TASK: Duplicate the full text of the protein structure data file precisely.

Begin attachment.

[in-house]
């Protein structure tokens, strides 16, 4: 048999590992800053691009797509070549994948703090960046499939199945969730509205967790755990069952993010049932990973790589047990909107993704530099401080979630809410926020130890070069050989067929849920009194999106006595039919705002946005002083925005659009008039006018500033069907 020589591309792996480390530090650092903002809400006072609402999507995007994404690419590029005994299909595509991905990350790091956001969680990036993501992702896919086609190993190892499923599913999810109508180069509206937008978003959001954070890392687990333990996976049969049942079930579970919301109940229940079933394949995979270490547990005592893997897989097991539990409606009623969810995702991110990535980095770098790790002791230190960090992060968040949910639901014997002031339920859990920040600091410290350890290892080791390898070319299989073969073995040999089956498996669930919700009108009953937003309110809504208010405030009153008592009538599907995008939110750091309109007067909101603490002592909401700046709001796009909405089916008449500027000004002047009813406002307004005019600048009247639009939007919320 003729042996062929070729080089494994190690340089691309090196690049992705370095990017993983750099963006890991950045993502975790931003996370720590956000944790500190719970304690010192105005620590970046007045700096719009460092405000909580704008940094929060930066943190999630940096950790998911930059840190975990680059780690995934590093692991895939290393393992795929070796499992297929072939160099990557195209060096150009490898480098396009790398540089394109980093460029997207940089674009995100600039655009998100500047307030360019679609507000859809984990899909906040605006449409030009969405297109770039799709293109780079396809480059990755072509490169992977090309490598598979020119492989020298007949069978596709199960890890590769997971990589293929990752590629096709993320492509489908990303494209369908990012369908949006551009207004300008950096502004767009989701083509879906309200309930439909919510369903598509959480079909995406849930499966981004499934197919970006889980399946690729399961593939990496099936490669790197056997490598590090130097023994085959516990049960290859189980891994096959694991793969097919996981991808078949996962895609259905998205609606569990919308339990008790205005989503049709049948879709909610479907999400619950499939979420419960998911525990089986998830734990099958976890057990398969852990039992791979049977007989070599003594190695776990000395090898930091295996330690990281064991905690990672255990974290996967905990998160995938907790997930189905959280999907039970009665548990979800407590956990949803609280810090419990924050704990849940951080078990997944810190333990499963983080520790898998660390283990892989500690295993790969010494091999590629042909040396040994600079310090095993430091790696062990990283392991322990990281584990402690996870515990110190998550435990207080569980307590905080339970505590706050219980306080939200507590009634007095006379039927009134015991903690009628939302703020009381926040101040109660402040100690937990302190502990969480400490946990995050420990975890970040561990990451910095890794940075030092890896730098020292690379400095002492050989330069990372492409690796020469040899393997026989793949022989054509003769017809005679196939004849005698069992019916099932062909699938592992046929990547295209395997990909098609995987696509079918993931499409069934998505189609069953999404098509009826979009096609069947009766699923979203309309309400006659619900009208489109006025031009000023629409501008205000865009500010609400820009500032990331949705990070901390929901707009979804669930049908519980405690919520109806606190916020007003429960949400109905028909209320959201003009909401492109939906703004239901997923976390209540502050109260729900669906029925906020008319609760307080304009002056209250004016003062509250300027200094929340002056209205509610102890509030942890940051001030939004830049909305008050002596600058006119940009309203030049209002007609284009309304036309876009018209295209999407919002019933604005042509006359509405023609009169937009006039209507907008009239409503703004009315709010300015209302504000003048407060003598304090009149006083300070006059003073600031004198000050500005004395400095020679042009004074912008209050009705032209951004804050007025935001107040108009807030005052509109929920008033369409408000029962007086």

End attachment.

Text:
[in-house]
């Protein structure tokens, strides 16, 4: 048999590992800053691009797509070549994948703090960046499939199945969730509205967790755990069952993010049932990973790589047990909107993704530099401080979630809410926020130890070069050989067929849920009194999106006595039919705002946005002083925005659009008039006018500033069907 020589591309792996480390530090650092903002809400006072609402999507995007994404690419590029005994299909595509991905990350790091956001969680990036993501992702896919086609190993190892499923599913999810109508180069509206937008978003959001954070890392687990333990996976049969049942079930579970919301109940229940079933394949995979270490547990005592893997897989097991539990409606009623969810995702991110990535980095770098790790002791230190960090992060968040949910639901014997002031339920859990920040600091410290350890290892080791390898070319299989073969073995040999089956498996669930919700009108009953937003309110809504208010405030009153008592009538599907995008939110750091309109007067909101603490002592909401700046709001796009909405089916008449500027000004002047009813406002307004005019600048009247639009939007919320 003729042996062929070729080089494994190690340089691309090196690049992705370095990017993983750099963006890991950045993502975790931003996370720590956000944790500190719970304690010192105005620590970046007045700096719009460092405000909580704008940094929060930066943190999630940096950790998911930059840190975990680059780690995934590093692991895939290393393992795929070796499992297929072939160099990557195209060096150009490898480098396009790398540089394109980093460029997207940089674009995100600039655009998100500047307030360019679609507000859809984990899909906040605006449409030009969405297109770039799709293109780079396809480059990755072509490169992977090309490598598979020119492989020298007949069978596709199960890890590769997971990589293929990752590629096709993320492509489908990303494209369908990012369908949006551009207004300008950096502004767009989701083509879906309200309930439909919510369903598509959480079909995406849930499966981004499934197919970006889980399946690729399961593939990496099936490669790197056997490598590090130097023994085959516990049960290859189980891994096959694991793969097919996981991808078949996962895609259905998205609606569990919308339990008790205005989503049709049948879709909610479907999400619950499939979420419960998911525990089986998830734990099958976890057990398969852990039992791979049977007989070599003594190695776990000395090898930091295996330690990281064991905690990672255990974290996967905990998160995938907790997930189905959280999907039970009665548990979800407590956990949803609280810090419990924050704990849940951080078990997944810190333990499963983080520790898998660390283990892989500690295993790969010494091999590629042909040396040994600079310090095993430091790696062990990283392991322990990281584990402690996870515990110190998550435990207080569980307590905080339970505590706050219980306080939200507590009634007095006379039927009134015991903690009628939302703020009381926040101040109660402040100690937990302190502990969480400490946990995050420990975890970040561990990451910095890794940075030092890896730098020292690379400095002492050989330069990372492409690796020469040899393997026989793949022989054509003769017809005679196939004849005698069992019916099932062909699938592992046929990547295209395997990909098609995987696509079918993931499409069934998505189609069953999404098509009826979009096609069947009766699923979203309309309400006659619900009208489109006025031009000023629409501008205000865009500010609400820009500032990331949705990070901390929901707009979804669930049908519980405690919520109806606190916020007003429960949400109905028909209320959201003009909401492109939906703004239901997923976390209540502050109260729900669906029925906020008319609760307080304009002056209250004016003062509250300027200094929340002056209205509610102890509030942890940051001030939004830049909305008050002596600058006119940009309203030049209002007609284009309304036309876009018209295209999407919002019933604005042509006359509405023609009169937009006039209507907008009239409503703004009315709010300015209302504000003048407060003598304090009149006083300070006059003073600031004198000050500005004395400095020679042009004074912008209050009705032209951004804050007025935001107040108009807030005052509109929920008033369409408000029962007086």